Meanwhile, the old woman walks down the empty highway, where she sees, farther on, Jesus walking toward her at a “leisurely pace.”

    “All he said when he got up close to her was “Follow me.'” And she did.

  • Phil Coray says:

    Currently reading Richard “Rohr’s Book Silent Compassion: Finding God in Contemplation”, and trying to understand (sense} trusting in propositions of faith rather than living with the mysteries of faith, the recent responses in RJ should be of help.

  • Jack says:

    Brave Jeff, Brave Mark,
    Thank you so much.
    I gave up belief a long time ago. Why? Because I have no idea what it means. Despair seems more loving. I ain’t a cowardly lion for nothin’

  • Deb Mechler says:

    For my part, I’ve been substituting “I trust” for I believe” when reciting the Apostles Creed. It helps me affirm what I stake my life on and reminds me that my faith is a relationship with the living God and the church of Jesus Christ. It helps me get it all out of my head and into my heart and gut. Thanks for a thoughtful treatment of what we wrestle with.

  • John Hubers says:

    Turns out there is a difference in how “further” and “farther” are used by the Brits. Mostly interchangable to them:

  • Rowland Van Es, Jr. says:

    James had a word or two about faith/belief vs. action/deeds. The song says, they will know we are Christians by our love but what the world sees (and what our children see) is not much love in the church these days. As you say, it’s more about power, holding on to power, and fear of losing money and influence in the world. Samuel said, to obey is better than sacrifice and Jesus said, if you love me, you will keep my commandments. Too much of church is fighting about right beliefs (ortho-doxy) when we should be working on our right conduct or practice (ortho-praxis). We need to do justice, practice hospitality, etc. and not just talk about it.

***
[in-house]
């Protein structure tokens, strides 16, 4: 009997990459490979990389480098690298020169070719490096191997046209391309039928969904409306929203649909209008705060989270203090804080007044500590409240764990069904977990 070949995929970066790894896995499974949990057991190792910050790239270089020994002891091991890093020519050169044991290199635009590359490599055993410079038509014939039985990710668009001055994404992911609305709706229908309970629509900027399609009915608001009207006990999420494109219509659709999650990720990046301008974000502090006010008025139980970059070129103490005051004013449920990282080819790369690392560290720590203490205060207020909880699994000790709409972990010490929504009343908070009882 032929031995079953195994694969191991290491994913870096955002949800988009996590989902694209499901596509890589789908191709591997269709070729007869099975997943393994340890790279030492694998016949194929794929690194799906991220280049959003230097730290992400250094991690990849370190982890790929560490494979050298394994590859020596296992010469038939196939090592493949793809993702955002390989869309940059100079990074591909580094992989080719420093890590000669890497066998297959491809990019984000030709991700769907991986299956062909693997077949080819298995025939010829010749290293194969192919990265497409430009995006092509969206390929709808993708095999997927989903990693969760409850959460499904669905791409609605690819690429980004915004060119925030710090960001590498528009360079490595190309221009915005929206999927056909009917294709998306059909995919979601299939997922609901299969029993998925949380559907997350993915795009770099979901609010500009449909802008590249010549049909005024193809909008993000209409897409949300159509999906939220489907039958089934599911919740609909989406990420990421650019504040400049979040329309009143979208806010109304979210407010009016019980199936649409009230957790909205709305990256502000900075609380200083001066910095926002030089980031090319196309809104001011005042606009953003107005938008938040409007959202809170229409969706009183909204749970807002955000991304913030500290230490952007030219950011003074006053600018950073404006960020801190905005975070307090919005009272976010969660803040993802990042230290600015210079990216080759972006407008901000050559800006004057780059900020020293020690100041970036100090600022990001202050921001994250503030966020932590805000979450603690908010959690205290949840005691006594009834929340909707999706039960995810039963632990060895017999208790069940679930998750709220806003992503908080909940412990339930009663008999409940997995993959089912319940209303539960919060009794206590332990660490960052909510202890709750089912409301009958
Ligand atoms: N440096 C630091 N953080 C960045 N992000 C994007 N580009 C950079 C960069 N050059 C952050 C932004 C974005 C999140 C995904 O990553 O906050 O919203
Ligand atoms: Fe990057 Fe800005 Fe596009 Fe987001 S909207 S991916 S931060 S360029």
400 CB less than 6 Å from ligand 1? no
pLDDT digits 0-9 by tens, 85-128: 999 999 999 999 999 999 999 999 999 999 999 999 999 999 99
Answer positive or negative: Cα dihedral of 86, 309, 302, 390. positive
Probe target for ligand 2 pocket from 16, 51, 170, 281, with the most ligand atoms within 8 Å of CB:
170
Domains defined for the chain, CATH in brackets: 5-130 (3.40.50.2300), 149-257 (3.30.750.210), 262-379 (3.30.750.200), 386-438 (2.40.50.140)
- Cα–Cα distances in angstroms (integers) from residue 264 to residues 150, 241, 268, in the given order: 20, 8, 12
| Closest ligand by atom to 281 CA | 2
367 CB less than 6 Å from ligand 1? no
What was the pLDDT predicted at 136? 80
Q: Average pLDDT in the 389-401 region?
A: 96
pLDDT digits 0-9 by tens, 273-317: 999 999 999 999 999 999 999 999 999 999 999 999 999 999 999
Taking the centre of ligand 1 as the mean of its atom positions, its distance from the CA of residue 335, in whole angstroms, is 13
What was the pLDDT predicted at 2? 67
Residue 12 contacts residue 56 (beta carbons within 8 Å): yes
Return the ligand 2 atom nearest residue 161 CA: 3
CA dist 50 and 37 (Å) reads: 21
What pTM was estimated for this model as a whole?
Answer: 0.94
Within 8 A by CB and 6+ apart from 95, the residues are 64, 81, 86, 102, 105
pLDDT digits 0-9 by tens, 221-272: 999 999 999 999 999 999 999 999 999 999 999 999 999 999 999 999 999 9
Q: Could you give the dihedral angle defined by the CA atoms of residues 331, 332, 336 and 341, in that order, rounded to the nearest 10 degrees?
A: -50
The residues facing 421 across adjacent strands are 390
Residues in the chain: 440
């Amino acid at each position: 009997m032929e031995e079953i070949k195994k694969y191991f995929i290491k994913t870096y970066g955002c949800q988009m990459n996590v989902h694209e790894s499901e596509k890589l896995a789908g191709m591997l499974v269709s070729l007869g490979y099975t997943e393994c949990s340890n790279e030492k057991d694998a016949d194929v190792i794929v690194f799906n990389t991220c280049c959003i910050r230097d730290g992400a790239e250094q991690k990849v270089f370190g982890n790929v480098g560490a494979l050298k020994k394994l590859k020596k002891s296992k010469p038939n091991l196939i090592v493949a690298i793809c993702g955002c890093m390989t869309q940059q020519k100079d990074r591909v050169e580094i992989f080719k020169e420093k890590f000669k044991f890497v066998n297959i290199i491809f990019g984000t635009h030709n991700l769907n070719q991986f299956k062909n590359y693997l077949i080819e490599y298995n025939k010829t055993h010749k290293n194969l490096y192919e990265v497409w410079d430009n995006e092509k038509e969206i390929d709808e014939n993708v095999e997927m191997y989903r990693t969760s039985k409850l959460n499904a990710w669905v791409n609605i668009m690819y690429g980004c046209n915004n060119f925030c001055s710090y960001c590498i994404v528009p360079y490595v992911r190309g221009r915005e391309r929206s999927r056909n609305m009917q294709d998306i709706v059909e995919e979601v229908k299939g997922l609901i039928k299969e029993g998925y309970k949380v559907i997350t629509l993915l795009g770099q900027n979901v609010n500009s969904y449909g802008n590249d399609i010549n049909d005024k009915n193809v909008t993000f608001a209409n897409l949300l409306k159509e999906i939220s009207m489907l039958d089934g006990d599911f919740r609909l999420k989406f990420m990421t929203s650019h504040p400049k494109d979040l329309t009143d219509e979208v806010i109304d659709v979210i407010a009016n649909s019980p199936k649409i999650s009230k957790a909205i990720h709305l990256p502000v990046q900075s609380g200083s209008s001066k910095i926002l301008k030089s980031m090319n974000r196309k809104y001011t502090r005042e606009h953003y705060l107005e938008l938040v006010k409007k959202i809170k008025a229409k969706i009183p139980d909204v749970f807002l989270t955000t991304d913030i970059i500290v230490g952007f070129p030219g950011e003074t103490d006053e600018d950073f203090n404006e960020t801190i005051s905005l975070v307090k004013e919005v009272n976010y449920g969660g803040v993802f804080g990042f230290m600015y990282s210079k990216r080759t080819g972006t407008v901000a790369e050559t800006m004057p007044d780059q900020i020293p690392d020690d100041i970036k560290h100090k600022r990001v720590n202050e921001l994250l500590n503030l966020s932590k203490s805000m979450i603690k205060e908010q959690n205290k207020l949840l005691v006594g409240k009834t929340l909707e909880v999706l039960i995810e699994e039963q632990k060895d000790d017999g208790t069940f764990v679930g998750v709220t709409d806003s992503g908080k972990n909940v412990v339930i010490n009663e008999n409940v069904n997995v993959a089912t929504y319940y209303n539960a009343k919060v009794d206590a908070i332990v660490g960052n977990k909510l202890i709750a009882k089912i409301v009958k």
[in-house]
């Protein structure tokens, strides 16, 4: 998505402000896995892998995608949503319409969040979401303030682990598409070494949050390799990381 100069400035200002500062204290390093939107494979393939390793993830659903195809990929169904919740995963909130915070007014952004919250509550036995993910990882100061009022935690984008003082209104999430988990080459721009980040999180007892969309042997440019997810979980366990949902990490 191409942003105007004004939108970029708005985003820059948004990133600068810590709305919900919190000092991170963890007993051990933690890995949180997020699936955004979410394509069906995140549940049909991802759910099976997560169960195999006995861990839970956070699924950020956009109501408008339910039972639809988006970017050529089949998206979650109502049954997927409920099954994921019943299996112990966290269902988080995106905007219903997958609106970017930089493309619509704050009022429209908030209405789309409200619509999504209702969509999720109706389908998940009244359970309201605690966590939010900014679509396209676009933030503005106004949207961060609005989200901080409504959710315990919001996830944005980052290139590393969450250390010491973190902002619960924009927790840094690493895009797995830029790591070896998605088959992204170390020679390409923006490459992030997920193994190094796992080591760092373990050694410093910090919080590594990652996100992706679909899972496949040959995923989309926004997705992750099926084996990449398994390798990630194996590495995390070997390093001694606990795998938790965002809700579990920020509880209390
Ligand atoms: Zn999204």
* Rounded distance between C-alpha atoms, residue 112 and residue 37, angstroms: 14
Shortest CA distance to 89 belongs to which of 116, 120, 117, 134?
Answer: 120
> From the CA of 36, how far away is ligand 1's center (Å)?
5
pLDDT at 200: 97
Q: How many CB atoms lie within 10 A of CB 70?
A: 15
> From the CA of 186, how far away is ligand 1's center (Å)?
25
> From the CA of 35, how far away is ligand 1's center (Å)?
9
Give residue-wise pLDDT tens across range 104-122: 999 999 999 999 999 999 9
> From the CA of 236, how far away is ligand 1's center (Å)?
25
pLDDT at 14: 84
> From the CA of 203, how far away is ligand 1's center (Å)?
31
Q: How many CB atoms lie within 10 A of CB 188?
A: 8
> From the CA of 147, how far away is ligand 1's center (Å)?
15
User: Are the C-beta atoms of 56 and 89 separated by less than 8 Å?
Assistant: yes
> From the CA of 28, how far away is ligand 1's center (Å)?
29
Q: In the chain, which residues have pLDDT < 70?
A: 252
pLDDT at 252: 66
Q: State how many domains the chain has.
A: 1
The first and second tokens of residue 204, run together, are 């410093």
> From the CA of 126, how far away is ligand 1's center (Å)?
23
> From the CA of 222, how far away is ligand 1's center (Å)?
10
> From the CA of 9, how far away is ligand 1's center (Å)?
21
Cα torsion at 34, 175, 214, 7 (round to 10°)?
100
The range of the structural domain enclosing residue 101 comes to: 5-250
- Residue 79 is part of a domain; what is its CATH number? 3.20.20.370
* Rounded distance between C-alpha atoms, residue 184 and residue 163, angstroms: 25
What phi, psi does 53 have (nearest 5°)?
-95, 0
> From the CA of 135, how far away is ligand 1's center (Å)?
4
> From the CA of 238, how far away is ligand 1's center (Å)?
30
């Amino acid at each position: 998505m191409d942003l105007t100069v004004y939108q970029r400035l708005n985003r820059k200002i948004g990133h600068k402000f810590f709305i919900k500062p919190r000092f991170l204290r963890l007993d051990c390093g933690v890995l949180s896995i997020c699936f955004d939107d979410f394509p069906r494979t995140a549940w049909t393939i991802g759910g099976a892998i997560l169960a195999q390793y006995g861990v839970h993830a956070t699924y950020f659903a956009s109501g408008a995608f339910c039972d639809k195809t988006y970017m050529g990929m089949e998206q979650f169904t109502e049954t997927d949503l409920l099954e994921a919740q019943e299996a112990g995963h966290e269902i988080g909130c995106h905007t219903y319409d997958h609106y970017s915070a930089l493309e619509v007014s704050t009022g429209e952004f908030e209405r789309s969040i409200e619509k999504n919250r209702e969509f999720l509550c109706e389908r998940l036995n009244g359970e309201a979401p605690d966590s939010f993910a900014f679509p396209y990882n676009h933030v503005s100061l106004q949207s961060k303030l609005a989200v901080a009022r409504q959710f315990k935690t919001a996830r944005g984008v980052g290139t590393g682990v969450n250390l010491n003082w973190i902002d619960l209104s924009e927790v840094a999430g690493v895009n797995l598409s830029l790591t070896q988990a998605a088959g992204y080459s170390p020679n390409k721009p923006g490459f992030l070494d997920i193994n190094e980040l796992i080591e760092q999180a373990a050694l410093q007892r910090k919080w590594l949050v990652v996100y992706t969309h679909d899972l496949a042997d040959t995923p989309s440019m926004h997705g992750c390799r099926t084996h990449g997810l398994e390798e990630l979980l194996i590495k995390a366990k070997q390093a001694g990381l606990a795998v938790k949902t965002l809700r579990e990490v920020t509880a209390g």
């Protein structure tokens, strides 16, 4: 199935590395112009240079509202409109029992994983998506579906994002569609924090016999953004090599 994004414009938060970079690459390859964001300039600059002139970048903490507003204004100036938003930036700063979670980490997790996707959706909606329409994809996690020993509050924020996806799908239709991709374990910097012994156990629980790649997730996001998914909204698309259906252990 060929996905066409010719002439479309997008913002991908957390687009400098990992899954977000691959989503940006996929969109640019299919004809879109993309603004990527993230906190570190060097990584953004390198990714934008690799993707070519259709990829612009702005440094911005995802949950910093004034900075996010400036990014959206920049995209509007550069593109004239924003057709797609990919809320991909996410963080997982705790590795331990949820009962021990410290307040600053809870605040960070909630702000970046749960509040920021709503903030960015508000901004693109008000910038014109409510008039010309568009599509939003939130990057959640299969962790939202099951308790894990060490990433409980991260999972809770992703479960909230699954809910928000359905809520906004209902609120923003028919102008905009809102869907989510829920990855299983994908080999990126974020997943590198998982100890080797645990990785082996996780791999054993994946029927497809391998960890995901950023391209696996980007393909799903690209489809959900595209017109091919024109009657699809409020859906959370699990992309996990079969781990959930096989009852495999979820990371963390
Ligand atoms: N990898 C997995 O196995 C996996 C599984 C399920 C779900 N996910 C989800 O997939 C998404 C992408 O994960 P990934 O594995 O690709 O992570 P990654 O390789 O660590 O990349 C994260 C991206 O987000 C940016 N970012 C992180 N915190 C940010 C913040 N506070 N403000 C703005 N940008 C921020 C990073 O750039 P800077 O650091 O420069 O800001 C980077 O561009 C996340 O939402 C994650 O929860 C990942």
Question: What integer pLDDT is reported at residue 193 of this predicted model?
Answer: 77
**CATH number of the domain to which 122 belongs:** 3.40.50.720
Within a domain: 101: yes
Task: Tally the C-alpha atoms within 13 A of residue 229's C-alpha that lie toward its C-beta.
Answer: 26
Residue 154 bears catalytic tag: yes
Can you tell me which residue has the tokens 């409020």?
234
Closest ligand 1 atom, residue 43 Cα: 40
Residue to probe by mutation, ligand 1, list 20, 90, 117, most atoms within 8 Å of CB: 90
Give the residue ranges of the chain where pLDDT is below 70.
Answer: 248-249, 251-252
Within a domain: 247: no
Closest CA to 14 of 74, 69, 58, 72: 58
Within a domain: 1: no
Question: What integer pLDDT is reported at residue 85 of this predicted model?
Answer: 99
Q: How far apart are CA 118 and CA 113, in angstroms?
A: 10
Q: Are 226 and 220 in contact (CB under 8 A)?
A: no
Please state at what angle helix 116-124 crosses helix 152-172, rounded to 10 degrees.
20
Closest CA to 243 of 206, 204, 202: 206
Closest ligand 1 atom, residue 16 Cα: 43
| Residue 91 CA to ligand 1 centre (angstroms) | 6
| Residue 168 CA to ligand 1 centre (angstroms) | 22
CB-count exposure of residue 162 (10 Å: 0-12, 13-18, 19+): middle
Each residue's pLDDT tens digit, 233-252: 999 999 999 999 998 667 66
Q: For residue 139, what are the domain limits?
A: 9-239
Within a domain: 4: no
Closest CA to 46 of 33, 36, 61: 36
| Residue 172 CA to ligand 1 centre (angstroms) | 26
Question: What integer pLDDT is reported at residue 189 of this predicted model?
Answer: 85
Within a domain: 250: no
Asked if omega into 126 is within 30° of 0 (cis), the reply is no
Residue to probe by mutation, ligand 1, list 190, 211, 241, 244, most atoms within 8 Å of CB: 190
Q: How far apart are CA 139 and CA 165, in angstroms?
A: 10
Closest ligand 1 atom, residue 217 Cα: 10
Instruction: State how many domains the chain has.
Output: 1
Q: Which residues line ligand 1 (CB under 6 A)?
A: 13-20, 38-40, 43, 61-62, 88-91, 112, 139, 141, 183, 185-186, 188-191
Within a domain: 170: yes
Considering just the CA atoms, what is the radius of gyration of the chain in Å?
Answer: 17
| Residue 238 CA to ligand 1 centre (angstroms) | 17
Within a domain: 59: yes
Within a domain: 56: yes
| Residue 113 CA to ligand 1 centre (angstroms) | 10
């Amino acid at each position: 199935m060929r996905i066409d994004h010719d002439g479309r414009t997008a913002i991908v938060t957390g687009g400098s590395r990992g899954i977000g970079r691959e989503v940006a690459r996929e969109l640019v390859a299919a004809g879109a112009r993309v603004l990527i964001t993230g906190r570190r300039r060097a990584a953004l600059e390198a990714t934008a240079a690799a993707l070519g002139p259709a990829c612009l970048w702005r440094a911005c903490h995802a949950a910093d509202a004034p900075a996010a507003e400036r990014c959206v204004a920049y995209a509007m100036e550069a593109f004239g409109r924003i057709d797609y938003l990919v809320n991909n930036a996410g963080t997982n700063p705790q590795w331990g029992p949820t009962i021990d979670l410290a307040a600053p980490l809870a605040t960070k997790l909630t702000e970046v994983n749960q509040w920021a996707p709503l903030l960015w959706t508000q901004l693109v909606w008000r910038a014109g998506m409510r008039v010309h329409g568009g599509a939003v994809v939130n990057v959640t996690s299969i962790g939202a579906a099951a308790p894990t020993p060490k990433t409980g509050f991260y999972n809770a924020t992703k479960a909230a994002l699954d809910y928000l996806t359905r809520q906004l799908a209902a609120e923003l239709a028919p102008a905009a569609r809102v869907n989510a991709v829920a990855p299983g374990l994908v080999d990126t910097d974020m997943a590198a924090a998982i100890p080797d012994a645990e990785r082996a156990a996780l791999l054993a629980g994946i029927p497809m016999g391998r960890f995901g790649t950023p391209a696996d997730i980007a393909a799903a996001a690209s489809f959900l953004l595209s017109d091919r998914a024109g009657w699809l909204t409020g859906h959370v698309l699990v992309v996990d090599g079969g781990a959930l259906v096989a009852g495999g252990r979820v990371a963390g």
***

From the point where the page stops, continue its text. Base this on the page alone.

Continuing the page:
• Paul Janssen says:

    Jeff, you ask “Or is this just a case of British English being different than American English?” When making a comparison of this sort (especially in a paragraph that quibbles over the difference between ‘further’ and ‘farther’), isn’t the correct expression “different from” rather than “different than”? I’m only halfway being picayune here. “Different from” sounds better to me, but “different than” may be perfectly acceptable. This inquiring mind, however, wants to know. (And as to your larger point, if by “belief” you mean mere “intellectual credence” and leave out trust altogether, then you’re on the right track, it seems. “Belief” means too many things to be corralled into one enclosure, I suspect.)

  • Neil Carlson says:

    The church has been found swept clean and ready for repossession by the spirits of schism, contempt, accusation, gossip, vengefulness, self-aggrandizement, and cruelty. Staying “in” may well be an act of faithful obedience to our merciful Lord, but it means constant exposure to these canny works of Satan. I have repented of showing contempt and expressing vengefulness and will likely have to do so again. But such words run against my lifelong pattern, and I suspect I never would have been so tempted had not remote, smug believers who do not know me at all nevertheless exerted themselves to convict and expel me through insinuation and clever political manipulations, not for sin but for “policy.” I want to get closer to Jesus, but I prefer to get further away from the growing culture of stoning and crucifixion.